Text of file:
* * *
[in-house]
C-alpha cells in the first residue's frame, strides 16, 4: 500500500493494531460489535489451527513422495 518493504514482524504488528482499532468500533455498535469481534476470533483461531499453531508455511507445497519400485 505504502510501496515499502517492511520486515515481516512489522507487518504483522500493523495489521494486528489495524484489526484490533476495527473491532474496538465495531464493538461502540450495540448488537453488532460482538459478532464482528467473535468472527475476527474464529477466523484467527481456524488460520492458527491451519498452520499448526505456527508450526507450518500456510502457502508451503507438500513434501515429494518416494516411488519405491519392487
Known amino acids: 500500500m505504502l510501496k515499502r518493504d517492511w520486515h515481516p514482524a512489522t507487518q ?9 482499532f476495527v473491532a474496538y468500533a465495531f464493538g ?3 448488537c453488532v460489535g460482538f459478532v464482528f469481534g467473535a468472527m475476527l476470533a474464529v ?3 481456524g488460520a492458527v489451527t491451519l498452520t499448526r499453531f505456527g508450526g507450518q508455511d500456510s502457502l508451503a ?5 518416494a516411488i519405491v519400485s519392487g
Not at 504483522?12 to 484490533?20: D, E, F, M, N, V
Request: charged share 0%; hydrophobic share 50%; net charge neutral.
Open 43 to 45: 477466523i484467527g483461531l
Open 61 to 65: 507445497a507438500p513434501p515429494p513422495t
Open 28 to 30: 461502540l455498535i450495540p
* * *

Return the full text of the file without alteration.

[in-house]
C-alpha cells in the first residue's frame, strides 16, 4: 500500500493494531460489535489451527513422495 518493504514482524504488528482499532468500533455498535469481534476470533483461531499453531508455511507445497519400485 505504502510501496515499502517492511520486515515481516512489522507487518504483522500493523495489521494486528489495524484489526484490533476495527473491532474496538465495531464493538461502540450495540448488537453488532460482538459478532464482528467473535468472527475476527474464529477466523484467527481456524488460520492458527491451519498452520499448526505456527508450526507450518500456510502457502508451503507438500513434501515429494518416494516411488519405491519392487
Known amino acids: 500500500m505504502l510501496k515499502r518493504d517492511w520486515h515481516p514482524a512489522t507487518q ?9 482499532f476495527v473491532a474496538y468500533a465495531f464493538g ?3 448488537c453488532v460489535g460482538f459478532v464482528f469481534g467473535a468472527m475476527l476470533a474464529v ?3 481456524g488460520a492458527v489451527t491451519l498452520t499448526r499453531f505456527g508450526g507450518q508455511d500456510s502457502l508451503a ?5 518416494a516411488i519405491v519400485s519392487g
Not at 504483522?12 to 484490533?20: D, E, F, M, N, V
Request: charged share 0%; hydrophobic share 50%; net charge neutral.
Open 43 to 45: 477466523i484467527g483461531l
Open 61 to 65: 507445497a507438500p513434501p515429494p513422495t
Open 28 to 30: 461502540l455498535i450495540p